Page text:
I asked cybersecurity experts to name the hackers who have had the biggest impact, good or bad, across the years. This is the result. Defining a hacker is almost guaranteed to kick off the kind of impassioned debate you might ordinarily associate with sports team rivalry. For this article, however, I deliberately backed away from the hacker or cracker debate. Instead, I opted to take the broadest possible meaning within the context of the cybersecurity industry: someone who explores methods to breach computer system defenses be that to improve defensive capability, for criminal gain, as part of a nation-state intelligence operation or cyber-attack, political protest, just for fun or even to advertise their own ‘cybersecurity’ services.
Whether the hacker concerned wears a black hat, a white hat or a shade in-between, I wanted to know who the individuals, or groups, were who have made an impact upon security as we know it today. Here’s where the conversation took me.
”Regardless of the truth of his exploits in NASA,” Amanda Finch, CEO of the Chartered Institute of Information Security (CIISec), says, “McKinnon gains his spot through becoming a cause celebre of some of the central arguments around hacking: what is the difference between damage and innocent curiosity? How do we decide the jurisdiction of hacking attacks? And what constitutes an appropriate reaction to individuals who are accused or caught?”
“In the late ’90s, a 15-year-old self-trained Norwegian software engineer called Jon Lech Johansen, became famous for his involvement in successfully writing the program DeCSS,” says Tom Lysemose Hansen, CTO at Promon which recently disclosed the Android ‘Strandhogg’ vulnerability. “Hailed as one of the first DVD piracy tools, DeCSS fueled significant outrage and media attention, meanwhile earning the Norwegian teenager the nickname, DVD-Jon. This was to be a monumental milestone, and while a new generation of hackers has since emerged on the scene, pioneers like DVD-Jon remain pivotal figures in the heritage and history of hacking.”
“Mudge was an old school hacker, a member of the hacker collective known as “The L0pht”, Dr. Richard Gold, head of security engineering at Digital Shadows, says. “He was the author of one of the original buffer overflow articles, testified before Congress on the dangers of the BGP protocol and how the Internet could be taken down and now works on a “Cyber Underwriters Laboratory” called Cyber ITL where he works on evaluating and designing defensive mitigations at Internet-scale. His hacker ethos and impactful contributions make him a natural choice!”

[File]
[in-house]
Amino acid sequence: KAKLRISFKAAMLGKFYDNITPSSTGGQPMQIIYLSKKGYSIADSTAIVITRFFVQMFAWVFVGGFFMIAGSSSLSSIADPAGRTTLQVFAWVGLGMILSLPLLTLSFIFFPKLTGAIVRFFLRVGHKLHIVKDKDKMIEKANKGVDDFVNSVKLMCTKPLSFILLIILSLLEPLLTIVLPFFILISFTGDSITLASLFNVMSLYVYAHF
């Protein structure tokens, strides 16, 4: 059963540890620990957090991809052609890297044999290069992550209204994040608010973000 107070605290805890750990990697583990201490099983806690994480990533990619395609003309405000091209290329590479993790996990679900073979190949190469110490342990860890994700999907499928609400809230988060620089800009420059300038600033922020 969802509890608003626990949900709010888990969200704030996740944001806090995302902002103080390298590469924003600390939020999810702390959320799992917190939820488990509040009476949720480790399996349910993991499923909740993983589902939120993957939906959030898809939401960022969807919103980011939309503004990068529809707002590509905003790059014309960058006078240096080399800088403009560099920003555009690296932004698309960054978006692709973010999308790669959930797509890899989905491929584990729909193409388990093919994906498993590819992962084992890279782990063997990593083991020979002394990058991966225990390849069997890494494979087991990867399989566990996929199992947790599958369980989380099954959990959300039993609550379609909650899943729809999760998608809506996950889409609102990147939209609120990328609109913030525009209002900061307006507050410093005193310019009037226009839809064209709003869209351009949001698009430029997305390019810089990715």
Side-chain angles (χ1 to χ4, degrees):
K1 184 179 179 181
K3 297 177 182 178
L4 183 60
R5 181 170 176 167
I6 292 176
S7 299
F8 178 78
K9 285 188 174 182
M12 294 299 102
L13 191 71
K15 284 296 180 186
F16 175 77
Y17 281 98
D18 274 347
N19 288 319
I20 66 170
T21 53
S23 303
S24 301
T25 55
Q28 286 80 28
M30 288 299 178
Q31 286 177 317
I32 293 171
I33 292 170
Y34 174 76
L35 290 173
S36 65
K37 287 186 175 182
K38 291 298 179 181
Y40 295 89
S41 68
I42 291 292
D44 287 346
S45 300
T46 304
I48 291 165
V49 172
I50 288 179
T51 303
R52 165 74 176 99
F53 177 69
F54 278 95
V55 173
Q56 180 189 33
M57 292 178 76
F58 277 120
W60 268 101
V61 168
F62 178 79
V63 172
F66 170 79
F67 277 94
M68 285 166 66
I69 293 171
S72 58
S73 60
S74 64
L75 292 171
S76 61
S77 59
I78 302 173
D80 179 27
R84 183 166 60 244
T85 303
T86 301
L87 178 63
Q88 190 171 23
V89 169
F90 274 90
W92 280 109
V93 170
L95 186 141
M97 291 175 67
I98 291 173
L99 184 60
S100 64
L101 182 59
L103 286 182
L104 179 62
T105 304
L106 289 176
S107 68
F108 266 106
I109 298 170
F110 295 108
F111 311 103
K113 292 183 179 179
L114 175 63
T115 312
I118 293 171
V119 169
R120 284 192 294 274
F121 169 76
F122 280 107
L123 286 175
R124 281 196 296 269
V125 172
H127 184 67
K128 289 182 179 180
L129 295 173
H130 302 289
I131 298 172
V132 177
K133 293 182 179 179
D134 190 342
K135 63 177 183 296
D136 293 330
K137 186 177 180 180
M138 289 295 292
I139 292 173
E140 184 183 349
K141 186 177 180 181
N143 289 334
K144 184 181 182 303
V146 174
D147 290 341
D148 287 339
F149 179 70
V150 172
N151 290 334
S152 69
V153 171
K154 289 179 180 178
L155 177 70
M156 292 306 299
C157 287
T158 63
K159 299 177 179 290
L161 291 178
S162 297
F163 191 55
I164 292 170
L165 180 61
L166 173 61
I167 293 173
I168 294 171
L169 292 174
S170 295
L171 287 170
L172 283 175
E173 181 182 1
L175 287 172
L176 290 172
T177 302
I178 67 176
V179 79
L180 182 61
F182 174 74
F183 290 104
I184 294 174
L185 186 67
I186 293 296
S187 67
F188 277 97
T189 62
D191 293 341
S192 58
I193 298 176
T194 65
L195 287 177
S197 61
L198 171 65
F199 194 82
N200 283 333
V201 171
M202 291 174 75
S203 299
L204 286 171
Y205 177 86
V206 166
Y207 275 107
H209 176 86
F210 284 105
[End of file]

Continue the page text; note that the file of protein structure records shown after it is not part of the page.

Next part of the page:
“The former Facebook engineer took on the giants of the tech world by developing the first iPhone carrier-unlock techniques,” says Mark Greenwood, head of data science at Netacea, “followed a few years later by reverse engineering Sony’s PlayStation 3, clearing the way for users to run their own code on locked-down hardware. George sparked an interest in a younger generation frustrated with hardware and software restrictions being imposed on them and led to a new scene of opening up devices, ultimately leading to better security and more openness.”
“Barnaby, who sadly passed away in 2013, was most well-known for his appearance at a Black Hat conference in 2010, where he demonstrated how to exploit ATMs and have them dispense money,” Tristan Liverpool, senior director of systems engineering at F5 Networks, says. “He also showed how he could hack a pacemaker, which could have potentially life-threatening effects by stopping a person’s heart. He established early on that software is highly exploitable and embedded everywhere. It was important work that continues to be influential. With the world of IoT growing more and more, application security requires more planning, focus and execution than ever.”
FIN7 isn’t an individual, but the first hacking group to feature in this conversation. “FireEye has been tracking and responding to breaches which we attribute to FIN7 for many years and their ability to change tactics and adapt to new methods of attacking their victims lists them as one of the most sophisticated financially motivated groups we track,” says Jens Monrad, head of intelligence (EMEA) at FireEye. “In August 2018, when the US Department of Justice announced that they had three members in custody, the indictments revealed how FIN7 had been using a front company in an attempt to disguise their activities as a legitimate security testing company. Using the front company, they actively sought to “hire” security professionals who unknowingly played a part in their operation against a variety of targets across the United States.”
“James Forshaw of Google Project Zero gets my vote,” Richard Braganza, director of engineering at Redscan, says. “For many years, James has been one of the world’s foremost bug bounty hunters, with his work once placing him at the top of Microsoft’s top researcher list. The MSRC top researcher list for 2020 will be announced later this year, and I still expect James to feature highly. He has an almost unique ability to think up new types of attacks that few people would otherwise consider.”
Sticking with bug bounty hunters, HackerOne is actually a platform rather than an individual or group, but one powered by some of the best hackers around. As such, it is deserving of mention in this context. Several HackerOne hackers have become millionaires as a result of the bounties paid, and ultimately people are safer as a result.
Ole André V. Ravnås
“Ole Andre V. Ravnås is a gifted and experienced reverse engineer, whose free software ‘Frida’ has become a cult tool amongst industry professionals,” Tom Lysemose Hansen says. “In short, Frida software allows anyone who is a reverse engineer, developer, or researcher, to hook into and augment black-box proprietary software. Since Ole’s release of Libmimic in 2005, he has gone on to make a significant and lasting contribution in the cyber world, and has no doubt earned himself a place in the hall of fame!”